Taylor was home with his long time girlfriend and their 18-month-old daughter, Jackie, when their Miami home was broken into for the second time in less than two weeks.
Confronting the burglars with a machete, Taylor was shot once in the leg, piercing his femoral artery, resulting in massive blood loss. Despite doctor's hopes that he would recover, he died the next day.
"It's times like this that all of us struggle to find meaning in life," Commissioner Roger Goodell told the mourners. "The NFL was proud of Sean Taylor... He loved football and football loved him back. But more importantly, it was what he was as a man and what he was becoming as a man."
"We are slow learners. We are in a hole looking for a shovel, when we need a rope," Reverend Jesse Jackson said of the recent violence during Taylor's funeral.
Four suspects- Venjah K. Hunte, 20; Eric Rivera Jr., 17; Jason Scott Mitchell, 19; and Charles Kendrick Lee Wardlow, 18- were arrested in December. An alleged fifth suspect has never been found. Rivera is the alleged gunmen.
Mitchell had been at Taylor's home the month before celebrating Taylor's girlfriends' 21st birthday, as well as cutting the couple's grass and doing other chores. Taylor's sister dated one the suspect's cousin.
Not facing the death penalty, the four will go on trial in late August.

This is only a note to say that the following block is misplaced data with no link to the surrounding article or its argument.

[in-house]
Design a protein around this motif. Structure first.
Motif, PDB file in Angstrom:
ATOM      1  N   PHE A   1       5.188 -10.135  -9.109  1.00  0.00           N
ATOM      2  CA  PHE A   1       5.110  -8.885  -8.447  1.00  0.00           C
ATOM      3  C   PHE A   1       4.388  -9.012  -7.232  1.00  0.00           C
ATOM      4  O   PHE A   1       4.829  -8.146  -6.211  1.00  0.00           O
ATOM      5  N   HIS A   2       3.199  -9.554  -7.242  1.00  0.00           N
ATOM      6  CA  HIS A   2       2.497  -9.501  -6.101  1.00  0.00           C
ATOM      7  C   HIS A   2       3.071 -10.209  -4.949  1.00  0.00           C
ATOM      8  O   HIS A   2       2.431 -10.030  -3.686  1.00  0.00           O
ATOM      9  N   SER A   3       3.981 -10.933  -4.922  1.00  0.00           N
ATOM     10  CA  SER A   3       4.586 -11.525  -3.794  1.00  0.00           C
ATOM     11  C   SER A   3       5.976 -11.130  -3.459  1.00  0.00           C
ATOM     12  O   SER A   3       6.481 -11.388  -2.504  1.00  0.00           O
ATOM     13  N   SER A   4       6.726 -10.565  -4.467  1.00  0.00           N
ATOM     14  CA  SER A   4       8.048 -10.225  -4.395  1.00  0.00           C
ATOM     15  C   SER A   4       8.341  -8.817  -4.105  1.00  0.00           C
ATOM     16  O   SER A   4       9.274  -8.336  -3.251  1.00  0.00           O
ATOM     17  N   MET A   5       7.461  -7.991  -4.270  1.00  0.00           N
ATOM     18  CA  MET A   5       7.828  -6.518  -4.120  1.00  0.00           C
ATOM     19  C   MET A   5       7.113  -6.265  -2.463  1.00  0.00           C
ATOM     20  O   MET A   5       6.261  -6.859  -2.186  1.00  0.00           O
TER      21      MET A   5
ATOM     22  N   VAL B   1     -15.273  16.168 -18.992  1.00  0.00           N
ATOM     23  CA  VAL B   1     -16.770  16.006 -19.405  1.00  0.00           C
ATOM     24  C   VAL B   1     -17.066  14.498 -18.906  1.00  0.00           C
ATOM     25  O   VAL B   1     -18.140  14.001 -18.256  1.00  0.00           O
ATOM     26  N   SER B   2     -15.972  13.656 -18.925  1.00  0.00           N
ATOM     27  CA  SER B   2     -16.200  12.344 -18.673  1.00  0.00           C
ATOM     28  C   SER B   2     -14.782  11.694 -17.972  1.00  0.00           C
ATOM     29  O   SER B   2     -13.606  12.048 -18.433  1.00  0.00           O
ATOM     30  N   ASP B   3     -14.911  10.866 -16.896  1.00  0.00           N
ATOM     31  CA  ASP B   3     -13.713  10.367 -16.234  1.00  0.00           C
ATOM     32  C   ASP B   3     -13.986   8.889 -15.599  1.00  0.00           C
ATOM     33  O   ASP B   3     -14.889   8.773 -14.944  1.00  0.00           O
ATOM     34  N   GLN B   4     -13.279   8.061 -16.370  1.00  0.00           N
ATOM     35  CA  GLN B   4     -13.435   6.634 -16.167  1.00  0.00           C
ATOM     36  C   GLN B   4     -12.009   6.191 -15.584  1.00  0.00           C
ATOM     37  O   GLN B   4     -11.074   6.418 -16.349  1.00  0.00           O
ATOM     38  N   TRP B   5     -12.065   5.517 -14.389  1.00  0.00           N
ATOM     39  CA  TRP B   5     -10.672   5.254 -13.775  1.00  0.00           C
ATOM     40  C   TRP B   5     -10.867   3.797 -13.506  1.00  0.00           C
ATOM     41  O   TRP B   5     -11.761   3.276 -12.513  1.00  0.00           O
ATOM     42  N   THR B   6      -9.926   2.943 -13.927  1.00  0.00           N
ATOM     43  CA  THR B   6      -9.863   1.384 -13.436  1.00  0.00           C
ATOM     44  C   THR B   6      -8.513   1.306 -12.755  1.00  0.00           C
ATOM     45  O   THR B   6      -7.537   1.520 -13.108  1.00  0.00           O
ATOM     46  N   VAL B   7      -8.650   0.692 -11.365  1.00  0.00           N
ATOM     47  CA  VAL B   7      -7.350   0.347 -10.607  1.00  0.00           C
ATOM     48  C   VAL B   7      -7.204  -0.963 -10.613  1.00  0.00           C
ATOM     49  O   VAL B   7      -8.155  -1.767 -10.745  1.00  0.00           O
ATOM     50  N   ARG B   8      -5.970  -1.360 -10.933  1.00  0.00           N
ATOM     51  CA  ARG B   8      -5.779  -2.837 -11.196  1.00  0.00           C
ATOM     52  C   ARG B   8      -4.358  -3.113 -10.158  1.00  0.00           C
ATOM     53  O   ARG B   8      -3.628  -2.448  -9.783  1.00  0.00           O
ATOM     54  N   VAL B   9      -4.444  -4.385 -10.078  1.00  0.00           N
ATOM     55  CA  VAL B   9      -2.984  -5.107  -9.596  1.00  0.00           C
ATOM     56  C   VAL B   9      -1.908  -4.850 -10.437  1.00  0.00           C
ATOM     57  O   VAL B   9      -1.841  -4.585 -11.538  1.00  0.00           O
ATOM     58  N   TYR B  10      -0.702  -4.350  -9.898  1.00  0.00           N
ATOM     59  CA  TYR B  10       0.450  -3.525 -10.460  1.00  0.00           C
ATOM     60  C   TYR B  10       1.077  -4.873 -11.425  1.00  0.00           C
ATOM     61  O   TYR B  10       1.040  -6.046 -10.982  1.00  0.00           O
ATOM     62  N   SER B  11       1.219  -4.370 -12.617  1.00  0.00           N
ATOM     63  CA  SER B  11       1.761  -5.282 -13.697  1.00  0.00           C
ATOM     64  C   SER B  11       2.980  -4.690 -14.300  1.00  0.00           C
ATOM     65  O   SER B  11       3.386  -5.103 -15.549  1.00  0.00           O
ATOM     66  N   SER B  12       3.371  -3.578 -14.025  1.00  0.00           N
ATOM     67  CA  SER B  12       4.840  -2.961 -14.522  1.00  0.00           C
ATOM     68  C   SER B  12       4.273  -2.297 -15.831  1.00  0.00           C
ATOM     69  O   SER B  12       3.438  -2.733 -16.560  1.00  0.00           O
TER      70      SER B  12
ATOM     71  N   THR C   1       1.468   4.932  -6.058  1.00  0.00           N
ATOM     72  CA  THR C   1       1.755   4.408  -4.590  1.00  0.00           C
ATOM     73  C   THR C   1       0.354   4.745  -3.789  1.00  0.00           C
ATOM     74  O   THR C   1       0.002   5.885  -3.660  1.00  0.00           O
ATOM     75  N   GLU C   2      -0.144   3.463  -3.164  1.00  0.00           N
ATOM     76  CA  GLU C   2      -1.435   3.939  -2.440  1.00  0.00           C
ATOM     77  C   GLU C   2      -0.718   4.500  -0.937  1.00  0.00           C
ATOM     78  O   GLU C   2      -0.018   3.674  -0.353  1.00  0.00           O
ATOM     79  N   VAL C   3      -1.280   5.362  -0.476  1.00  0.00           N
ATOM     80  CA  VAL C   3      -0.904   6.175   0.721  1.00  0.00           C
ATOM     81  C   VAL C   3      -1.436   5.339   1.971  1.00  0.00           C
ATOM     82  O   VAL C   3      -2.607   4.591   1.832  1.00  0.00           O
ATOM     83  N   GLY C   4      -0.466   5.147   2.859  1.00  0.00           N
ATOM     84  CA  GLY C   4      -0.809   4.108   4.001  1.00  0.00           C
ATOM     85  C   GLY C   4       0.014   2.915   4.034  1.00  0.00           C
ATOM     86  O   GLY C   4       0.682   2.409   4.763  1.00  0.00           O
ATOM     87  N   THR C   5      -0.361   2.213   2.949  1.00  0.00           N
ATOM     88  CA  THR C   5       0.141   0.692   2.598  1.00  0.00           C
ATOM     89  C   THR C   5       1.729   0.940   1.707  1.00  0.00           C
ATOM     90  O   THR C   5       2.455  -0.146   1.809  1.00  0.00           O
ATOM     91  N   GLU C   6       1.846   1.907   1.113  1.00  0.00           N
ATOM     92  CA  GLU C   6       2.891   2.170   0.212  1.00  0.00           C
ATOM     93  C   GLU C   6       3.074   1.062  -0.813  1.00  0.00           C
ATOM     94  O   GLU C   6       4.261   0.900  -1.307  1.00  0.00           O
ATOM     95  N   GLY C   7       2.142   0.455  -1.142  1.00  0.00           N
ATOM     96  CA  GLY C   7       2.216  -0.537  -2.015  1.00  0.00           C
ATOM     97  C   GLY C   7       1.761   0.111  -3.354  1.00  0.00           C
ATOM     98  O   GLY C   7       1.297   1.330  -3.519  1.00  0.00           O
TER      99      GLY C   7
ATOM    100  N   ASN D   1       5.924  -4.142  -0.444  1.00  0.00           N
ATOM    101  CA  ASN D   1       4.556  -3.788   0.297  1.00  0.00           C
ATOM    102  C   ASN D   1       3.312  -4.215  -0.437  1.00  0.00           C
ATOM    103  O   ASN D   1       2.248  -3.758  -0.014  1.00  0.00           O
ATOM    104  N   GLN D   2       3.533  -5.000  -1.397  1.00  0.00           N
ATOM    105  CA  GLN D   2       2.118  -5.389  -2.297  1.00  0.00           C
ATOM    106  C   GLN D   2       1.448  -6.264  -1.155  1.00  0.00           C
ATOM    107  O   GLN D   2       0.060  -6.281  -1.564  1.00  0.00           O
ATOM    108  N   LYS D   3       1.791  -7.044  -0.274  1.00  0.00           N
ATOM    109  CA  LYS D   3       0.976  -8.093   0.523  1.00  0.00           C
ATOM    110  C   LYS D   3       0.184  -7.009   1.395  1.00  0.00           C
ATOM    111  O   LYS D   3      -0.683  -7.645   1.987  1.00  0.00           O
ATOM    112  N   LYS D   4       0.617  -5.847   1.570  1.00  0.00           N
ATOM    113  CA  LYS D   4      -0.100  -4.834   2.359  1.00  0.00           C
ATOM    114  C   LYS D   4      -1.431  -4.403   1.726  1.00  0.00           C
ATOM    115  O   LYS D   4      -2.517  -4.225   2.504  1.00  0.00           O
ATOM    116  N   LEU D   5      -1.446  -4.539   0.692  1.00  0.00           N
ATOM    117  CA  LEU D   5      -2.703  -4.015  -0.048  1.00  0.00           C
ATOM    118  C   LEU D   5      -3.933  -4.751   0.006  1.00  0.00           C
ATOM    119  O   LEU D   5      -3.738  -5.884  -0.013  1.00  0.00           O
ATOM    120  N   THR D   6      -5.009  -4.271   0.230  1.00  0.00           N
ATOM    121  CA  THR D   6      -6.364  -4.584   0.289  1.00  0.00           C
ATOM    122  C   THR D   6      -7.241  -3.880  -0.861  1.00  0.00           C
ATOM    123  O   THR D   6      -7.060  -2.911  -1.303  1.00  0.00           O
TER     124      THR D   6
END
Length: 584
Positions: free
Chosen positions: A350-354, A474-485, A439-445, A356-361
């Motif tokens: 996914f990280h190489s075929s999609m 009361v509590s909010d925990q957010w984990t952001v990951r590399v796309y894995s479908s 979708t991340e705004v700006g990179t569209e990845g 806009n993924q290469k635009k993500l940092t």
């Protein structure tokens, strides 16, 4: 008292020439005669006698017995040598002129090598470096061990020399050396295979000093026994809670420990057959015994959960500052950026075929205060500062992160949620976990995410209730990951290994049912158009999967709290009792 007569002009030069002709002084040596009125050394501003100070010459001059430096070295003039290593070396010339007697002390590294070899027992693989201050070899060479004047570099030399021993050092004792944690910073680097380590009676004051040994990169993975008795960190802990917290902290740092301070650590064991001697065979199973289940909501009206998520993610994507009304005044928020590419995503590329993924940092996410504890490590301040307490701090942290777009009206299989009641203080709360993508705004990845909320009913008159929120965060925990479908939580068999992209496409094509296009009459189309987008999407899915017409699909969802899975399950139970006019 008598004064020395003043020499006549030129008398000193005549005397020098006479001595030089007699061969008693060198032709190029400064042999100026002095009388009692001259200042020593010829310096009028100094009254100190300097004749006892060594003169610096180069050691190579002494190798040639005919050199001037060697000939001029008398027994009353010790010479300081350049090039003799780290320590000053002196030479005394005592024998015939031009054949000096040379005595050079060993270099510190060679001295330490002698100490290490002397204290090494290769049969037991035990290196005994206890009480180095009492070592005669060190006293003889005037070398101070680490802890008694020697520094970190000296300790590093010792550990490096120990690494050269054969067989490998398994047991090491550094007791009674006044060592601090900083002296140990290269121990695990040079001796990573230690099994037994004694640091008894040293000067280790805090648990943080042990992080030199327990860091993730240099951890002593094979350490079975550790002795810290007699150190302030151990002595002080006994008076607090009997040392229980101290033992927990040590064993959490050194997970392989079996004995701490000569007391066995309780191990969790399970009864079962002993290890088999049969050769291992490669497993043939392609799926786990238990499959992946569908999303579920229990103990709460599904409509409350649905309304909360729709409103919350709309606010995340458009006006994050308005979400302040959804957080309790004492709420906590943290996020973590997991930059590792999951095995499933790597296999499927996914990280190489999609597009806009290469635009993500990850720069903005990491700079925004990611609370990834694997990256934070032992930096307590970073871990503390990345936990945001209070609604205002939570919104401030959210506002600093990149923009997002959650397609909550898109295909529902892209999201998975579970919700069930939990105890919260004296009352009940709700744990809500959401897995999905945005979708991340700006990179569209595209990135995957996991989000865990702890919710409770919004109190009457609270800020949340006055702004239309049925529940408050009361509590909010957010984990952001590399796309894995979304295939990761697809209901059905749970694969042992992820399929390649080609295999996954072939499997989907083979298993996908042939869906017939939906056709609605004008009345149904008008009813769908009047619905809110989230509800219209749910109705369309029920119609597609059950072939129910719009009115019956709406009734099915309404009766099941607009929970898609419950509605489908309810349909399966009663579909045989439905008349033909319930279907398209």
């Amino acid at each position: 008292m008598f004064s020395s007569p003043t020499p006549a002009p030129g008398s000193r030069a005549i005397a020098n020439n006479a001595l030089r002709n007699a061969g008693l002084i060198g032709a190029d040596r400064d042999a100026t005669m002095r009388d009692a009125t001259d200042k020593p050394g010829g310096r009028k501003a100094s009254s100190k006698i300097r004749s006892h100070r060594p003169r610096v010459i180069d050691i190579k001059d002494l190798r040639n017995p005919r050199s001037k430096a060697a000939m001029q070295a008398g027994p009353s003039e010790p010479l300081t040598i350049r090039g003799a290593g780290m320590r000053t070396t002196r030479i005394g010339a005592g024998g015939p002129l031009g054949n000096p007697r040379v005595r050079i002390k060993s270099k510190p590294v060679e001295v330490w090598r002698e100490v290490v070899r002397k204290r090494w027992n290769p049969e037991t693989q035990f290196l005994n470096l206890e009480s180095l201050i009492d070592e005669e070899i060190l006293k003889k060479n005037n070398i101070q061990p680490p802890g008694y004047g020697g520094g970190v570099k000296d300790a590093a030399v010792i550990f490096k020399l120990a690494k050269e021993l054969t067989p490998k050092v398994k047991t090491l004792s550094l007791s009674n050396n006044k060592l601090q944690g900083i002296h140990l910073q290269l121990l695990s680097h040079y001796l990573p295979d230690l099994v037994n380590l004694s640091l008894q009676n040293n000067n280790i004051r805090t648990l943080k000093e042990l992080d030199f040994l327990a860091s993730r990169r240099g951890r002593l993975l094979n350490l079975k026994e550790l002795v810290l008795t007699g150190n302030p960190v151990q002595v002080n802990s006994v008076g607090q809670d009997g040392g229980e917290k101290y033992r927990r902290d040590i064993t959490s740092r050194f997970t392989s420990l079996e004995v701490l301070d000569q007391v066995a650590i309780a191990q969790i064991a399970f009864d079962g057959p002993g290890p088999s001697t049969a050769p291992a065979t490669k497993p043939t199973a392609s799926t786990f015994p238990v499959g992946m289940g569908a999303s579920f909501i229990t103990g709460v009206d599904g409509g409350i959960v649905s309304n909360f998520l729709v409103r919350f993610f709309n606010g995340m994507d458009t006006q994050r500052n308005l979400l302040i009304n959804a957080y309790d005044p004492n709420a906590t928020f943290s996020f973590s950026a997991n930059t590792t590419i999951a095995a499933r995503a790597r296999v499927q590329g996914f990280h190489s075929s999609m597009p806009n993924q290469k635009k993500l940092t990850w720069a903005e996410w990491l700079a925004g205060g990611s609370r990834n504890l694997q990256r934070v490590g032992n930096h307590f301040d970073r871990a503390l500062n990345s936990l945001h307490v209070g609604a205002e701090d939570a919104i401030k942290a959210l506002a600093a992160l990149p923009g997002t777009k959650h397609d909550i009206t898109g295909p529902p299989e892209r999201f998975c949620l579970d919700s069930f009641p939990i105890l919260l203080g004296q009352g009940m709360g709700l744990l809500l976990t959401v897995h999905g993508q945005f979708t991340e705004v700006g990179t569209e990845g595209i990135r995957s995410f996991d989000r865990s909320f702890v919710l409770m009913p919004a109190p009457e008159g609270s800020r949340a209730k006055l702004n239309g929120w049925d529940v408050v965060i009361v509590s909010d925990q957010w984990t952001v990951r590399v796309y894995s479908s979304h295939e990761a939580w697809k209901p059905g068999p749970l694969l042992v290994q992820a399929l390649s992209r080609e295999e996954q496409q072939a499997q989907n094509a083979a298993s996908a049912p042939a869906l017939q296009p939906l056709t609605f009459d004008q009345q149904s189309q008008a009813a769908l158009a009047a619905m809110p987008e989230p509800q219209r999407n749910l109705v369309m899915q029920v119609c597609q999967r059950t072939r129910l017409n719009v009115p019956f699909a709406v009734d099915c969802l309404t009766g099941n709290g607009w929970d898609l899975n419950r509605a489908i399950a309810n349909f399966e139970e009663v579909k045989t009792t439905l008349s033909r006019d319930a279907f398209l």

7. Javon Walker
It was a year and a half after he arrived at Denver Broncos' facilities covered in the blood of a teammate when then 29-year-old Javon Walker was beaten unconscious and robbed while in Las Vegas in June of this year.
The suspects took jewelry and $3,000. A victim of a moderate concussion and cuts and bruises to the face, Walker was released a few days later from a Vegas hospital and returned to his new team, the Oakland Raiders, soon after.
Walker had visited the Vegas strip several times following the death of former teammate Darrent Williams, who was killed New Year's Day 2007, even going there the weekend of Williams' funeral.
He wore his hair in Williams' "fro-hawk" style the season following his death, presented Williams' mother with a professionally done painted portrait of herself and her only child, and has donated $30,000 to his teen center in Denver.
“He hasn't dealt with it, he just tried to move on, and believe me, you can't,” Williams' mother said. “I think he is just trying to be strong for everyone. Some men are like that. But he hasn't allowed himself to grieve.”
"It was just ironic. I'm not going to judge Javon. He's been through stuff few of us can imagine. He's really a good guy. I just hope the best for him." former teammate John Lynch said.
Both suspects—30 year old Arfat Fadel and 40 year old DeShawn Thomas—were arrested weeks after the robbery. No word on when they'll be headed to trial.